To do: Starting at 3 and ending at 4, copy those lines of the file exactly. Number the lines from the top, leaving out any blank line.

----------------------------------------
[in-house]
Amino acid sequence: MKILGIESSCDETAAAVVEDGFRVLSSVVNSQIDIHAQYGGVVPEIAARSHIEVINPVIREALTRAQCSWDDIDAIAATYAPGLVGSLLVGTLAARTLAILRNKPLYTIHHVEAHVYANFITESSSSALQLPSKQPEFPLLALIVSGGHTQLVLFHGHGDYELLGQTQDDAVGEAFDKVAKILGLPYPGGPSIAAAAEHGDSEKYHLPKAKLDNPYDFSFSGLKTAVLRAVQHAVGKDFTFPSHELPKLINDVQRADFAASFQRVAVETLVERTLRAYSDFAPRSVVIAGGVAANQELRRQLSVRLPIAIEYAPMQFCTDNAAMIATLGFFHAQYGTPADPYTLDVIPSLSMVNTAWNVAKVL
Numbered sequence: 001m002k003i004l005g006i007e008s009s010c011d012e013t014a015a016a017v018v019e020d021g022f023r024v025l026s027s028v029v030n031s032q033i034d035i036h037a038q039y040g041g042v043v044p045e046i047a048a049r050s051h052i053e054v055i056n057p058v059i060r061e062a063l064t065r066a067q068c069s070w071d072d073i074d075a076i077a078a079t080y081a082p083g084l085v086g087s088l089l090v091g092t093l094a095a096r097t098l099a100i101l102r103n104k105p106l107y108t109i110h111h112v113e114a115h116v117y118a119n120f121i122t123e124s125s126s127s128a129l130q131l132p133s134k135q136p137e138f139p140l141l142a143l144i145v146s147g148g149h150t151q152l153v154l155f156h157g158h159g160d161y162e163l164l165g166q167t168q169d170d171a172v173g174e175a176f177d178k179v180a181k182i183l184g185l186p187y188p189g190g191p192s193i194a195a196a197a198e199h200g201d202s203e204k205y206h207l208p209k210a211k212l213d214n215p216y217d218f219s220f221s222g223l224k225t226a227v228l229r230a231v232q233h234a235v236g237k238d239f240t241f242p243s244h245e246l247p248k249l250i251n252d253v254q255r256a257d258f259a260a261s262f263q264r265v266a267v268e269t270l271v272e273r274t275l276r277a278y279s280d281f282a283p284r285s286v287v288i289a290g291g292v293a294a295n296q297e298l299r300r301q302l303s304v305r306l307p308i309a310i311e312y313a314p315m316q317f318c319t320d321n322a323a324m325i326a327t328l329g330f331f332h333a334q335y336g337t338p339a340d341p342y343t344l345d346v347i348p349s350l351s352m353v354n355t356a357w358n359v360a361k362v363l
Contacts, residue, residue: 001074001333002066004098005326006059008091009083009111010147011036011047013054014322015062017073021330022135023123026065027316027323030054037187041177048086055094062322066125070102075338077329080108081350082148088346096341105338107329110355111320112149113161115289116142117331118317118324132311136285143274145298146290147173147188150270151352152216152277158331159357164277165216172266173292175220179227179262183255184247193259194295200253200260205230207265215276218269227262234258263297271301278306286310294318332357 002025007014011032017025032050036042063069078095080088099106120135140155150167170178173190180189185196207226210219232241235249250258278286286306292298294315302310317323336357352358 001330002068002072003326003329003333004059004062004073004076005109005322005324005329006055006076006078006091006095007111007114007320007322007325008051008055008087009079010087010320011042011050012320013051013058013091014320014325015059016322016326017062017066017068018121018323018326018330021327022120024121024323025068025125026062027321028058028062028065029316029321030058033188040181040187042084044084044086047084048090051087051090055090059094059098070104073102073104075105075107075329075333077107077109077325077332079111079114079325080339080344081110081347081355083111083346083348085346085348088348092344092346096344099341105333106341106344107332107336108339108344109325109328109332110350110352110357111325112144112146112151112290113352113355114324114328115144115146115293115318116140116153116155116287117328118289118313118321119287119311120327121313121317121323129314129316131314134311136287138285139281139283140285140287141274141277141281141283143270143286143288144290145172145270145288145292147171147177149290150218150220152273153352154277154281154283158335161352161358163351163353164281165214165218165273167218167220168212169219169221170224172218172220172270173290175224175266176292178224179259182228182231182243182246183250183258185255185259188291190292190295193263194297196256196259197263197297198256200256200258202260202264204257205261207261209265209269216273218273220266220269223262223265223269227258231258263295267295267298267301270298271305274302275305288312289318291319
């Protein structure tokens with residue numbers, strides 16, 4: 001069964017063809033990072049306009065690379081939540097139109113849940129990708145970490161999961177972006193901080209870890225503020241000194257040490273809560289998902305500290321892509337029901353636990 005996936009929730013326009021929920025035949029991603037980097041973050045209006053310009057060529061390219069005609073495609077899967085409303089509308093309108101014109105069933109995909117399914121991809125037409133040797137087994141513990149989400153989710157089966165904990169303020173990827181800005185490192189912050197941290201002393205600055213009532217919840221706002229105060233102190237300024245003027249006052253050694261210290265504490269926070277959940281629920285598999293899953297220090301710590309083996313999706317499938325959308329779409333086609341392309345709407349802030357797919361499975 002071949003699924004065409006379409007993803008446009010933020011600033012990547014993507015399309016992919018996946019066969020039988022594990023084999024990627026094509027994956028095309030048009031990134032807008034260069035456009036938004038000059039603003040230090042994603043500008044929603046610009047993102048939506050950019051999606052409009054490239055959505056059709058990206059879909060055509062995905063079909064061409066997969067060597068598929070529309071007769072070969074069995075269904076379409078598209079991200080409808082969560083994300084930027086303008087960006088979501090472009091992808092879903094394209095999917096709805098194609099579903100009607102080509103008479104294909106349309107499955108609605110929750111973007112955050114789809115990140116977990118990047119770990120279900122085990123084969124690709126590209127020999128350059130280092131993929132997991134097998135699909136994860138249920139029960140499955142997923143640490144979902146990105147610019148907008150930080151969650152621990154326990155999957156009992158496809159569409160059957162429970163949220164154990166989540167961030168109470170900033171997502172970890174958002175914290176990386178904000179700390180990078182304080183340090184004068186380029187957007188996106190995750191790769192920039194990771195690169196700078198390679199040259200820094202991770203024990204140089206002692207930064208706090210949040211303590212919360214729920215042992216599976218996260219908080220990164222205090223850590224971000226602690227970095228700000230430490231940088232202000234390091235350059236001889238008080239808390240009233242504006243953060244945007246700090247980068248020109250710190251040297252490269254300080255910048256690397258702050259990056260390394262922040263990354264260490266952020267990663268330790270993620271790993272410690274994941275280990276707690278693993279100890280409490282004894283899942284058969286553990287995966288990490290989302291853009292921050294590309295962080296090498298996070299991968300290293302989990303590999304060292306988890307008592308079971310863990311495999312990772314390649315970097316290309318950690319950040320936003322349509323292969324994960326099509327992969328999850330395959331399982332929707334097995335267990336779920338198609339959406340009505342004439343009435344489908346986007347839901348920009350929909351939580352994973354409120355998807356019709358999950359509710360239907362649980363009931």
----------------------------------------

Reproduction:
Numbered sequence: 001m002k003i004l005g006i007e008s009s010c011d012e013t014a015a016a017v018v019e020d021g022f023r024v025l026s027s028v029v030n031s032q033i034d035i036h037a038q039y040g041g042v043v044p045e046i047a048a049r050s051h052i053e054v055i056n057p058v059i060r061e062a063l064t065r066a067q068c069s070w071d072d073i074d075a076i077a078a079t080y081a082p083g084l085v086g087s088l089l090v091g092t093l094a095a096r097t098l099a100i101l102r103n104k105p106l107y108t109i110h111h112v113e114a115h116v117y118a119n120f121i122t123e124s125s126s127s128a129l130q131l132p133s134k135q136p137e138f139p140l141l142a143l144i145v146s147g148g149h150t151q152l153v154l155f156h157g158h159g160d161y162e163l164l165g166q167t168q169d170d171a172v173g174e175a176f177d178k179v180a181k182i183l184g185l186p187y188p189g190g191p192s193i194a195a196a197a198e199h200g201d202s203e204k205y206h207l208p209k210a211k212l213d214n215p216y217d218f219s220f221s222g223l224k225t226a227v228l229r230a231v232q233h234a235v236g237k238d239f240t241f242p243s244h245e246l247p248k249l250i251n252d253v254q255r256a257d258f259a260a261s262f263q264r265v266a267v268e269t270l271v272e273r274t275l276r277a278y279s280d281f282a283p284r285s286v287v288i289a290g291g292v293a294a295n296q297e298l299r300r301q302l303s304v305r306l307p308i309a310i311e312y313a314p315m316q317f318c319t320d321n322a323a324m325i326a327t328l329g330f331f332h333a334q335y336g337t338p339a340d341p342y343t344l345d346v347i348p349s350l351s352m353v354n355t356a357w358n359v360a361k362v363l
Contacts, residue, residue: 001074001333002066004098005326006059008091009083009111010147011036011047013054014322015062017073021330022135023123026065027316027323030054037187041177048086055094062322066125070102075338077329080108081350082148088346096341105338107329110355111320112149113161115289116142117331118317118324132311136285143274145298146290147173147188150270151352152216152277158331159357164277165216172266173292175220179227179262183255184247193259194295200253200260205230207265215276218269227262234258263297271301278306286310294318332357 002025007014011032017025032050036042063069078095080088099106120135140155150167170178173190180189185196207226210219232241235249250258278286286306292298294315302310317323336357352358 001330002068002072003326003329003333004059004062004073004076005109005322005324005329006055006076006078006091006095007111007114007320007322007325008051008055008087009079010087010320011042011050012320013051013058013091014320014325015059016322016326017062017066017068018121018323018326018330021327022120024121024323025068025125026062027321028058028062028065029316029321030058033188040181040187042084044084044086047084048090051087051090055090059094059098070104073102073104075105075107075329075333077107077109077325077332079111079114079325080339080344081110081347081355083111083346083348085346085348088348092344092346096344099341105333106341106344107332107336108339108344109325109328109332110350110352110357111325112144112146112151112290113352113355114324114328115144115146115293115318116140116153116155116287117328118289118313118321119287119311120327121313121317121323129314129316131314134311136287138285139281139283140285140287141274141277141281141283143270143286143288144290145172145270145288145292147171147177149290150218150220152273153352154277154281154283158335161352161358163351163353164281165214165218165273167218167220168212169219169221170224172218172220172270173290175224175266176292178224179259182228182231182243182246183250183258185255185259188291190292190295193263194297196256196259197263197297198256200256200258202260202264204257205261207261209265209269216273218273220266220269223262223265223269227258231258263295267295267298267301270298271305274302275305288312289318291319